With one exception caused by a thief in California, Amtrak trains have been arriving in Albany more or less on time this week. But the mayor is worried that a proposed change in federal regulation would weaken the law that says railroads must give passenger trains preference on their tracks.
On Monday Albany Mayor Sharon Konopa received the council’s consent to sign a letter protesting the change proposed by the Surface Transportation Board. Mayors Kitty Piercy of Eugene and Charlie Hales of Portland also signed. They see the proposed change as “detrimental to implementing our state and local goals regarding passenger rail service, carbon emission reductions, and increased economic vitality.”
Under railroad laws Congress passed in 1970 and later, freight railroads must give preference to passenger trains except in emergencies or when a railroad has received approval of an exception. The transportation board published a proposed rule it said would clarify what is meant by “preference.” Rail passenger interests across the country have opposed the change, saying it would jeopardize efforts by Amtrak trains to run on time.
So how are the trains stopping in Albany doing in terms of being on time? This month so far, two of the six state-supported trains in the Amtrak Cascades service have been 100 percent on time. Overall, the April on-time record of all six — as determined by arrival at Portland and Eugene, not their intermediate stops, was 88.3 percent.
The Coast Starlight’s record so far this month is about the same, 88.5 percent. The southbound Train No. 11 from Seattle stops in Albany at 4:10 p.m. and usually does so within a few minutes of that schedule. On Sunday it was three minutes early, and the longest it was late the other days was 14 minutes on Wednesday.
The scheduled 1:22 p.m. arrival of Train 14 from Los Angeles, with far greater distance to cover and more opportunities for disruptions, has been more variable. No. 14 was 7 minutes early on Monday, but the next day it got to Albany Station six hours and 10 minutes late. The other days this week, it was late between 19 and 48 minutes. To what extent freight operations by the Union Pacific had anything to do with routine delays did not show up on the Amtrak time-check website, but they had nothing to do with the problem on April 12.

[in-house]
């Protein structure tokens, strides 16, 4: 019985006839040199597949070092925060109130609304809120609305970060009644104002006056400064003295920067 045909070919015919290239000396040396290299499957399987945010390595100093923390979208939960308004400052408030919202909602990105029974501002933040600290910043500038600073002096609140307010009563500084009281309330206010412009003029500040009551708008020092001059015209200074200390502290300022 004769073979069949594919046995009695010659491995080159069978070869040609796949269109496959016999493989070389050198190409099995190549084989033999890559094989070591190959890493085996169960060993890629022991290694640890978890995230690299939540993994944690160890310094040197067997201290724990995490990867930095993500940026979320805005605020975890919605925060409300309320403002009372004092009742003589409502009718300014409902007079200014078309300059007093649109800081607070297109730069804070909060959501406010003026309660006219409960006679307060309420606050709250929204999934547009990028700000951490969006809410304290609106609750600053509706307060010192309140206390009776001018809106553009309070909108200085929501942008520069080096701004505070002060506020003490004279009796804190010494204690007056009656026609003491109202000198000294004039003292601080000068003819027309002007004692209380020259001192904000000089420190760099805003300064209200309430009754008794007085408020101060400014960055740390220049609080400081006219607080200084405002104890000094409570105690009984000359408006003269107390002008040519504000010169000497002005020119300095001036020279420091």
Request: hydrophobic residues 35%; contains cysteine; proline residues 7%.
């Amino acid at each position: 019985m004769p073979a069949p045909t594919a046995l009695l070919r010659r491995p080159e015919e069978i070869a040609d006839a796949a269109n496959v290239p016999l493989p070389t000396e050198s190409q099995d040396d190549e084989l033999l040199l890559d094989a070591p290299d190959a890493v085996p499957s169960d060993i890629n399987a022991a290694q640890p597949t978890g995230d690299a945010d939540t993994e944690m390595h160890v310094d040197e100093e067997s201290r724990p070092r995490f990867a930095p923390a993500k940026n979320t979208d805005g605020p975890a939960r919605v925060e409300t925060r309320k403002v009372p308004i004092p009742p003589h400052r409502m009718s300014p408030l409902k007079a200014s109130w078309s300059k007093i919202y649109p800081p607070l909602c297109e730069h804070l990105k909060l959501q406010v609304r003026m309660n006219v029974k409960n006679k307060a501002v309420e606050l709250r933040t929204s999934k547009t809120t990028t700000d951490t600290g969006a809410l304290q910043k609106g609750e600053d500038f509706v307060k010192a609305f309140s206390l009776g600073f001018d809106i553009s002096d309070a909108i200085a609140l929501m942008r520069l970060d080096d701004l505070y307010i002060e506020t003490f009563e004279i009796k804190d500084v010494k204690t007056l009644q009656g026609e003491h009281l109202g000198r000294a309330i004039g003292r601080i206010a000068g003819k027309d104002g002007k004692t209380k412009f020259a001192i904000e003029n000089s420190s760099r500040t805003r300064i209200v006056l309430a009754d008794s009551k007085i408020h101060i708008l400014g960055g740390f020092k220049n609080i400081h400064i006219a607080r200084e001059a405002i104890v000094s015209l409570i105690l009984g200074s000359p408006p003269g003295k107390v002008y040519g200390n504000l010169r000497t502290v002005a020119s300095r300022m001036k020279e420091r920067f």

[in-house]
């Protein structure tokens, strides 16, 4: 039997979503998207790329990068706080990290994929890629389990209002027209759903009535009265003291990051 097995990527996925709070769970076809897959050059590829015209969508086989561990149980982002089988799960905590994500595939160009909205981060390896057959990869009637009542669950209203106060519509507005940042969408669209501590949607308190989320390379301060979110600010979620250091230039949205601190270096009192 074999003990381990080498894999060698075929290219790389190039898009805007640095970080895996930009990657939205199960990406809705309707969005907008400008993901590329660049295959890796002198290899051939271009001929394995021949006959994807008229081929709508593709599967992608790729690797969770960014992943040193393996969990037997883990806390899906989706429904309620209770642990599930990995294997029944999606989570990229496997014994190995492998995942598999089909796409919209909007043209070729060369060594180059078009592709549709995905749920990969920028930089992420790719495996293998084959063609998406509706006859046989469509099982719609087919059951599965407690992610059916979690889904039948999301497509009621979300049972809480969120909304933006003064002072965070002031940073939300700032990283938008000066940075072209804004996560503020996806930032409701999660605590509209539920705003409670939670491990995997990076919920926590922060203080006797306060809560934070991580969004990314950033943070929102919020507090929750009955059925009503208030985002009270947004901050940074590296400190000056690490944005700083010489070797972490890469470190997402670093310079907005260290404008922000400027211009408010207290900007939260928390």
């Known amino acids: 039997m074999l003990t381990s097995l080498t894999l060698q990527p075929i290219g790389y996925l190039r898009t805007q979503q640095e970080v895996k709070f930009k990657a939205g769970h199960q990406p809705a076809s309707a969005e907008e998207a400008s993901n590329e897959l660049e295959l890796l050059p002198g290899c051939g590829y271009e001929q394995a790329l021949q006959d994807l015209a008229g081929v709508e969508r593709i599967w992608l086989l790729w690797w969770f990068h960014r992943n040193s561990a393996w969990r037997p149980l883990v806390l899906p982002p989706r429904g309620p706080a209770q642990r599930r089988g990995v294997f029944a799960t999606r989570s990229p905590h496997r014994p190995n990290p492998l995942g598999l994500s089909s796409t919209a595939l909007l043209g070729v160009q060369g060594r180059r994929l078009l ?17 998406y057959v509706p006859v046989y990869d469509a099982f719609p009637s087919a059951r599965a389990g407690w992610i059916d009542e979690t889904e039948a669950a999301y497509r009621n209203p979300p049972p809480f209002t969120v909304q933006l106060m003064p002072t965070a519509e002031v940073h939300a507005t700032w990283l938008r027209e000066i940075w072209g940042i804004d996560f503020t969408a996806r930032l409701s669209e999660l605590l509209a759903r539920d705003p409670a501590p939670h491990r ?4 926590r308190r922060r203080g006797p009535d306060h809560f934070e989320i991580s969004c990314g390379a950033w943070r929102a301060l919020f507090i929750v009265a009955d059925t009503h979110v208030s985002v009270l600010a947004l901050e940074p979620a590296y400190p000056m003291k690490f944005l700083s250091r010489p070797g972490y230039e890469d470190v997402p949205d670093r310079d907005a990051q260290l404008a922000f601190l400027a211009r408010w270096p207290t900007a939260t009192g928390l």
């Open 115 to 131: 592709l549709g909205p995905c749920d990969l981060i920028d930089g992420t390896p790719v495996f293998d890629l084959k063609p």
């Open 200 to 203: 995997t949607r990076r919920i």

I asked Bob Melbo at ODOT-Rail what he knew about the cause of Tuesday’s long delay. As usual, he had the facts: “Around 1:47 a.m. that morning No. 14 struck a pickup truck that was stuck on the track about 1 mile south of the Chico, CA, Amtrak station. The truck was not at a crossing, public or private, and it was loaded with tools and portable generators that had just been stolen from a fenced Union Pacific maintenance compound a short distance away. The truck was a 4×4 and the thief evidently was trying to exit the rail yard via a route that would not take him past any nearby residences where potential witnesses might be awake. When he saw the train approaching he abandoned his truck and fled on foot… No one was hurt on the train, nor was it damaged significantly, unlike the vehicle. The investigation with the police consumed an hour and a half, or so, and the Amtrak crew requested they be relieved… Likely it was the time necessary to call the relief crew on duty and then transport them the 75 miles from Sacramento to Chico that consumed the most time… Anyway, that incident penalized the train for 5 hours and 28 minutes. Later, signal problems around Texum, south of Klamath Falls, added another 37 minutes of delay.”
As for the Cascades trains Amtrak runs under contract with ODOT, ridership has been growing, Melbo reports. Through the first three months of 2016, ODOT counted 26,061 passengers, up 9 percent from the same period in 2015. The trains are state-funded through June 2017, and the legislature will be asked to keep them rolling when it meets next year. If you want to raise the likelihood that this gets done, add to the passenger count: Buy a ticket and get on the train. (hh)